–by Mark Cipolloni–
Ferrari’s attempt to overturn the penalty that dropped Carlos Sainz from fourth to 12th in the Australian Grand Prix has been rejected. FIA decided there was “no significant and relevant new element” to be considered.
After a hearing that took place on Tuesday morning, the FIA stated: “There is no significant and relevant new element which was unavailable to the parties seeking the review at the time of the decision concerned. The Petition is therefore dismissed.”
The FIA reasoned: “We considered the fact that this collision took place at the first corner on the first lap of the restart, when, by convention, the Stewards would typically take a more lenient view of incidents. However, we decided that notwithstanding that it was the equivalent of a first lap incident, we considered that there was sufficient gap for SAI to take steps to avoid the collision and failed to do so. We therefore imposed a 5-second time penalty.”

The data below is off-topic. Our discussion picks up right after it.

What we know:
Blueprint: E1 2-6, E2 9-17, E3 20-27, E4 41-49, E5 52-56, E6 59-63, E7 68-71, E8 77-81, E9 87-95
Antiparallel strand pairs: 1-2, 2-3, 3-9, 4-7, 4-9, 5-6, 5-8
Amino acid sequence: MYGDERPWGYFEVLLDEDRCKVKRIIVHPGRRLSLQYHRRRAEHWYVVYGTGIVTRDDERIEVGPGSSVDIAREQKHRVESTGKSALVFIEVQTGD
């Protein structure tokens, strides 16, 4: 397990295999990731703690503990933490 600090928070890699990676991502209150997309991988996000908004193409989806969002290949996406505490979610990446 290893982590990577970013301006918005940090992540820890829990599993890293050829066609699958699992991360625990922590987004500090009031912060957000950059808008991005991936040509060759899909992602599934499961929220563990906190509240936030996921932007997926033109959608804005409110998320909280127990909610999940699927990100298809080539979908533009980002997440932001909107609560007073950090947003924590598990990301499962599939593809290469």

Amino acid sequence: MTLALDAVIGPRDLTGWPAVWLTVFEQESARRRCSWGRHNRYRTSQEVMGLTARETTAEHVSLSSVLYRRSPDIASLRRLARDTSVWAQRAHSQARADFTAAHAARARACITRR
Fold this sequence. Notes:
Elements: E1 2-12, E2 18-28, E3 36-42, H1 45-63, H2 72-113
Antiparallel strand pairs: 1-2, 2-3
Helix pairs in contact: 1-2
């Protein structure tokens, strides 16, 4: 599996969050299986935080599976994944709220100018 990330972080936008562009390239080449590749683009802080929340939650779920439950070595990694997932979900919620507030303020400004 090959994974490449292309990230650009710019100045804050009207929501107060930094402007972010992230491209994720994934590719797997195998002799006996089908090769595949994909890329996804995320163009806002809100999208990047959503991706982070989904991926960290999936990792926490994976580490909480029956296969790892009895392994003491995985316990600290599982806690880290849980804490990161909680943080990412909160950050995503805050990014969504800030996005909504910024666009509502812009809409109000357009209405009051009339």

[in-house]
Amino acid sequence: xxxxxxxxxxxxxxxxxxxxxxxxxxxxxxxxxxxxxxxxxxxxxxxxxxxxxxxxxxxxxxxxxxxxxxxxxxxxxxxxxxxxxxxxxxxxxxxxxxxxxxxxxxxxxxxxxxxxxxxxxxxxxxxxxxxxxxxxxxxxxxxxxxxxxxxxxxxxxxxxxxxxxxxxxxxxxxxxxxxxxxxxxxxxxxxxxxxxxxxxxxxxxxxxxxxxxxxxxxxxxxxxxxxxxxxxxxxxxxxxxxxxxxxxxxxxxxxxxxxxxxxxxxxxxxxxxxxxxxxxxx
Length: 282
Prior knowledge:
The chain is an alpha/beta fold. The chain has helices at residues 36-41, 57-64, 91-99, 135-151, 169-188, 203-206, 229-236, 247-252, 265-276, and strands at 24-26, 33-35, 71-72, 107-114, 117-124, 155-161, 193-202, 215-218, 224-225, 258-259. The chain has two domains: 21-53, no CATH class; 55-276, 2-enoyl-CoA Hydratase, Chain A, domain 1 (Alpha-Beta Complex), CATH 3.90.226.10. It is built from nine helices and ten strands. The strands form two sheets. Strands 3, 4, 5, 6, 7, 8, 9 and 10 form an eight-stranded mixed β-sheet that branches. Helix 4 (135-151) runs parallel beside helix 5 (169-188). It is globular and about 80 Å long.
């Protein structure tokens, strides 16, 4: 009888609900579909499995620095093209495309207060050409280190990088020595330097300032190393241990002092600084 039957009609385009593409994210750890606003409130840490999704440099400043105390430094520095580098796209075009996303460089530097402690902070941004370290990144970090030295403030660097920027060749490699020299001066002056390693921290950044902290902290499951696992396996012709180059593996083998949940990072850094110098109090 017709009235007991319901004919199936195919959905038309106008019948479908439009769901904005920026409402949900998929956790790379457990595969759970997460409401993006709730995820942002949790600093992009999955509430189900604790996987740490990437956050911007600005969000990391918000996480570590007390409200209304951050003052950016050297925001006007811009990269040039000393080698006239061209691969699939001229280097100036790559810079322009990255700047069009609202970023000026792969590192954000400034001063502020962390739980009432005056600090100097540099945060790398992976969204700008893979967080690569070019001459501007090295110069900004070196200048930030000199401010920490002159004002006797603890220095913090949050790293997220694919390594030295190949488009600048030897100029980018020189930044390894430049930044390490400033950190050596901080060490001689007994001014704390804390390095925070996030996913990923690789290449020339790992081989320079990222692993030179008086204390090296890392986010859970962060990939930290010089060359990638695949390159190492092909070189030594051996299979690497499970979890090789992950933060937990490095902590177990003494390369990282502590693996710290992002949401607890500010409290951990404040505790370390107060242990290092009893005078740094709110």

The FIA added that it was: “unnecessary for us to hear from SAI (Sainz) or hear from any other driver to decide that he was wholly to blame for the collision.”
Furthermore, the FIA decided that the supplied telemetry “corroborated” their decision; Sainz’s written witness statement was “not a new element”; and other drivers’ statements about the lack of grip and cold tires were also deemed “not new significant and relevant elements to decide about the incident.”
Ferrari’s frustration about SAI not having his say is understandable, but worth considering that a verdict in the team’s favor could have potentially opened the door for every stewards’ decision on driving incidents to be challenged after the fact.